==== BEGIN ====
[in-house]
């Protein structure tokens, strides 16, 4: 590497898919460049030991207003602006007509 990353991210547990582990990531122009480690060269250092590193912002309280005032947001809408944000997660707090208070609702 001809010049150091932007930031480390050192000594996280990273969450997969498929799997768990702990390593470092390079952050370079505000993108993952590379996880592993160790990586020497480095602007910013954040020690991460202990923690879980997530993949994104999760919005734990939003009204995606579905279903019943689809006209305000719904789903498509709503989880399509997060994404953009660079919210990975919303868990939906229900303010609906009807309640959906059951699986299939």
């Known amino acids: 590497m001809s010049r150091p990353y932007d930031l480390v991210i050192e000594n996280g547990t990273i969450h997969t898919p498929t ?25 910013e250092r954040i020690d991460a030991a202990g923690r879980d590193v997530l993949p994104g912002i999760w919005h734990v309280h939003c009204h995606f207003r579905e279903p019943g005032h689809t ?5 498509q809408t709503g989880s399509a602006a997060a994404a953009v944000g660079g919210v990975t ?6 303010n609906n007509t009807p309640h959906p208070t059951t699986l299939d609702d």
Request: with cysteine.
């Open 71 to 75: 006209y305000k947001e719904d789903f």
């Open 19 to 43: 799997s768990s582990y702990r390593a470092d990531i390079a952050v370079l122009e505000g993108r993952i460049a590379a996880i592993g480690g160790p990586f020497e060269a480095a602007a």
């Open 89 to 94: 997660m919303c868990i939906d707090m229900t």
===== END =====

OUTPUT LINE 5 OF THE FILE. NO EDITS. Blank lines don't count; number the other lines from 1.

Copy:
């Open 71 to 75: 006209y305000k947001e719904d789903f």